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Sometimes the black letter law passed by the legislature is unclear. The legislature can’t anticipate every possible fact scenario when they pass a law, so it lay to the courts to interpret the law and give guidance to what it means. This interpretation is called case law. When the court decides a certain meeting to the law it essentially answers a legal question. Lawyers and other courts then can rely on that ruling when they have a similar issue in their case. The following case answers the question above.

Burns v. Benedict, 827 F.Supp. 1545 (D. Kan. 1993).

This case addresses the following issue:

Can proof of a statutory traffic violation constitute negligence per se?

This case explored the issue of whether proof of a statutory traffic violation can constitute negligence per se. Negligence per se is a term used when a defendant is automatically found guilty of negligence for violating a law (such as running a red light). Unlike ordinary negligence which requires that certain elements be proven to find the defendant guilty, negligence per se only requires that the defendant violate the law in order to be guilty. In exploring this issue, the court concluded that statutory traffic violations can constitute negligence per se and a defendant can be found guilty of negligence for violating traffic violations. Id. at 1546.

This case arose out of an automobile collision between vehicles operated by a delivery driver and another driver. Id. at 1546. The plaintiff was a passenger in the delivery driver’s car and was injured in the collision. Id. The delivery driver was driving her vehicle searching for a house to which she was making a delivery for her employer. Id. at 1547. Since the delivery driver was not familiar with the area and was searching for the house, she was not paying attention to the road when she approached an intersection. Id. The delivery driver failed to stop her automobile before entering the intersection or yield to the other driver. Id. Additionally, the delivery driver failed to maintain a proper lookout. Id. The other driver observed the delivery driver as she was about to enter the intersection but she did not attempt to slow down or take evasive action until too late, believing that the delivery driver was going to honor the yield sign and stop. Id. Subsequently, it was determined that the other driver was exceeding the speed limit and could have possibly avoided the collision had she been driving at the posted speed. Id. at 1548. After trial, the court decided that the delivery driver was 75% at fault and the other driver was 25% at fault. Id. at 1549.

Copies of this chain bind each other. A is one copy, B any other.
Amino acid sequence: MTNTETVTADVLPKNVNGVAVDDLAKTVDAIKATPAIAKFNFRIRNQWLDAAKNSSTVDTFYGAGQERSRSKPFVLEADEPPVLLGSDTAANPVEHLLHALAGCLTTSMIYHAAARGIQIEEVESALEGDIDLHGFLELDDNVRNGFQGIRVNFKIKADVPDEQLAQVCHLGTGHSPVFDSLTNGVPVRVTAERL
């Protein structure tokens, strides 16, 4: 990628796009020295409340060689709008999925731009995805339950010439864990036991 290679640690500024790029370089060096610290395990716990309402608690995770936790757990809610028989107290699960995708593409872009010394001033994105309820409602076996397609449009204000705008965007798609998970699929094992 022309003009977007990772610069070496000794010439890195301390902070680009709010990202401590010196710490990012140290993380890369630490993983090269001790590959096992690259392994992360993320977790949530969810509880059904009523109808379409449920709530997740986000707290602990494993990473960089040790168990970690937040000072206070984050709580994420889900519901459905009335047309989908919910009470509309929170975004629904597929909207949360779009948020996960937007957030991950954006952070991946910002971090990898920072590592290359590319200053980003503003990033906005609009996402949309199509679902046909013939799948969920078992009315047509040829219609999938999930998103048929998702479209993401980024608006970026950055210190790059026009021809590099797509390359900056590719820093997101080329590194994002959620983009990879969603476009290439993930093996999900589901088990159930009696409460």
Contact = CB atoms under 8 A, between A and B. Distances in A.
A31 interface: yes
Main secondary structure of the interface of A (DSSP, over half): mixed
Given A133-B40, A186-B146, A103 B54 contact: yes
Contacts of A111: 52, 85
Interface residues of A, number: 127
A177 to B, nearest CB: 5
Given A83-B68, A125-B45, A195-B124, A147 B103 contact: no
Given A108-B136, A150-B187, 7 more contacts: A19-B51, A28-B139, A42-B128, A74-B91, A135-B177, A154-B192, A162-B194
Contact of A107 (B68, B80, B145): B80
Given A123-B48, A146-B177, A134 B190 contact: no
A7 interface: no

The court addressed the different laws that the drivers violated. According to the court, Kansas law required every driver approaching a yield sign to slow down or stop as to yield the right of way to any vehicle in or so closely approaching the intersection. Id. at 1548-49. Since the delivery driver violated this law, she was negligent per se and automatically guilty of negligence. Id. at 1549. Furthermore, Kansas law provided that the speed at the intersection was 25 miles per hour. Id. Therefore, since the other driver was found to be exceeding this speed, she was negligent per se and automatically guilty of negligence. Id.

The reason the court determined that the delivery driver was 75% at fault was because she left such little margin for error when she did not yield at the intersection. Id. at 1548. The court found that even if the other driver was going the speed limit, there was still a chance that the collision would have occurred. Id.

In sum, the court concluded that both drivers were negligent per se (automatically guilty of negligence) due to their violations of statutory traffic laws. Id. at 1546.

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